They say, “lucky in cards, unlucky in love,” but when it comes to “ACEs” (or “adverse childhood experiences” such as abuse, neglect and family dysfunction in childhood) those unlucky in childhood are also unlucky in adulthood—particularly unlucky about getting sick and dying.
We’ll take a look at the details in a moment, but the key point here is that when we as parents, and as a society, allow kids to be abused, neglected or exposed to stressors such as parental alcoholism or witnessing a parent being abused we are also setting them up for significant increases in likelihood of serious illness and premature death. This is the epitome of “unfair” and must inform both our parenting and our social policy.
The ACE Study explores the question of why risk-factors for serious illnesses are not randomly scattered throughout a population and instead cluster together amongst unfortunate sub-groups, and why it might be that if you have one illness you are more likely to have others as well. What could contribute to this beyond unlucky genes? To study this, a joint effort of a large health-care provider and the CDC (Center for Disease Control), looked at the health and backgrounds of over 17,000 people and then tracked their health moving forward. The study is ongoing (and will continue to provide information on risk-factors and outcomes), but so far what has emerged is that just as early exposure to certain toxins might later lead to cancer, it turns out that early experiences of abuse and neglect not only mess with our later psychology, but also strongly contribute to our getting physically sick.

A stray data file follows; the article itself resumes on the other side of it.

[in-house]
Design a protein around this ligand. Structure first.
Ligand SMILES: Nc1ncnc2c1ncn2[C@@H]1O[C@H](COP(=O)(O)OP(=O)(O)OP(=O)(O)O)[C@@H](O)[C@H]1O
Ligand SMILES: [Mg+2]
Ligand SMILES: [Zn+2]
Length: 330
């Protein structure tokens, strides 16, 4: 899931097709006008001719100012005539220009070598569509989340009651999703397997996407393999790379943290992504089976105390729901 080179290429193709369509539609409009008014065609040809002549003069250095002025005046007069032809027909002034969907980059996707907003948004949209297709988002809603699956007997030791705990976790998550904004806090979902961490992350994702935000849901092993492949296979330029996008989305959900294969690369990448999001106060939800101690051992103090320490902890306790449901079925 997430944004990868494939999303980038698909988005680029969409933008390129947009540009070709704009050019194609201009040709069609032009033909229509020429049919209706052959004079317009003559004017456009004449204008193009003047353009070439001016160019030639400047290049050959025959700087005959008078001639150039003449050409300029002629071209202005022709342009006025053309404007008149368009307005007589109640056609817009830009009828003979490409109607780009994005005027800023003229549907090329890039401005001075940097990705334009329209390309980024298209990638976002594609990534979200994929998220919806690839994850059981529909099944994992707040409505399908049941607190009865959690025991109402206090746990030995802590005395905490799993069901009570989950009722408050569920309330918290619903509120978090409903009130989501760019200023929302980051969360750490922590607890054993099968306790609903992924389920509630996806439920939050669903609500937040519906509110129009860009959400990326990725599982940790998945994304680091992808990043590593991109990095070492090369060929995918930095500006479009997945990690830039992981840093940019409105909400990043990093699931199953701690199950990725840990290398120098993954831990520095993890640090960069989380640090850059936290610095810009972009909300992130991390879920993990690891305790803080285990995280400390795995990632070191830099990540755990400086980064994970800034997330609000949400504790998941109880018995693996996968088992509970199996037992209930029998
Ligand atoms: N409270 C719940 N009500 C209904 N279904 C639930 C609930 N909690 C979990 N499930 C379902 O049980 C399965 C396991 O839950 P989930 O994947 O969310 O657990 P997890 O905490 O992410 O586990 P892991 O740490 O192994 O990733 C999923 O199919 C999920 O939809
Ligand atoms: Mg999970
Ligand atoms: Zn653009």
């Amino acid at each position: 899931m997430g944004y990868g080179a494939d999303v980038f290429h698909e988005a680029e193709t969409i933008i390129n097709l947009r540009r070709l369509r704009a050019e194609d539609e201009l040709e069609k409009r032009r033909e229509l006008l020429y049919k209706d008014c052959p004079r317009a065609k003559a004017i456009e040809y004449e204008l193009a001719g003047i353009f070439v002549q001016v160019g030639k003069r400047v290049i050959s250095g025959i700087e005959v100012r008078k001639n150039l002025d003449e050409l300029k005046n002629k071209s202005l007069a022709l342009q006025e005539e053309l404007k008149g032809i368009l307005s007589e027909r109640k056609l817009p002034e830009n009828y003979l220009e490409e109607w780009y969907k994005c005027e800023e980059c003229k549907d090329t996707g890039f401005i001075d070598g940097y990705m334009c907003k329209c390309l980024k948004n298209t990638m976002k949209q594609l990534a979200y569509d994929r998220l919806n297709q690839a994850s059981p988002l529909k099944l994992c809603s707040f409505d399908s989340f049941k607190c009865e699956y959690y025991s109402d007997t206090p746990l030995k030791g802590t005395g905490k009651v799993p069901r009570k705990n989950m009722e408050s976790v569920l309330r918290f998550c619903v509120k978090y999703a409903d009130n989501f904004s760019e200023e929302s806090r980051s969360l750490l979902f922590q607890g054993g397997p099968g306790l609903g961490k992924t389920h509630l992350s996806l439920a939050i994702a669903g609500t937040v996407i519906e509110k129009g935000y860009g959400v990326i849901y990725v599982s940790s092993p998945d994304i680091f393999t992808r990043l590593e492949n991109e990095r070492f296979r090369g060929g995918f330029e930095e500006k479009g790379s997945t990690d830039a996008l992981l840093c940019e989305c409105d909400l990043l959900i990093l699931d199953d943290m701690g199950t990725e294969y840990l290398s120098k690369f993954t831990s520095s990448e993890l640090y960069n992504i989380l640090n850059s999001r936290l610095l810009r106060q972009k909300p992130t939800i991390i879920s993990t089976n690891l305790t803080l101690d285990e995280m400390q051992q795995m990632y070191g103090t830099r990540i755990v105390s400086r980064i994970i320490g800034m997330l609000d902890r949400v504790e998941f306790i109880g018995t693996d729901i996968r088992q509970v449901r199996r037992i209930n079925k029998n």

Firstly, when it comes to abuse, neglect and serious stressors in childhood, it is striking how many people experience at least some. For example one in ten people report emotional abuse, two in ten report being sexually abused while nearly three in ten report physical abuse. With regard to neglect, nearly ten percent of people report emotional neglect and fifteen percent say they were physically neglected. Finally, when looking at general dysfunction in the household, five percent of people had a family member incarcerated, twelve percent say their mom was treated violently, one in five had serious mental illness in the family, twenty three percent report separation or divorce of parents, and twenty-six percent (more than one in four) report substance abuse being an issue in their house growing up.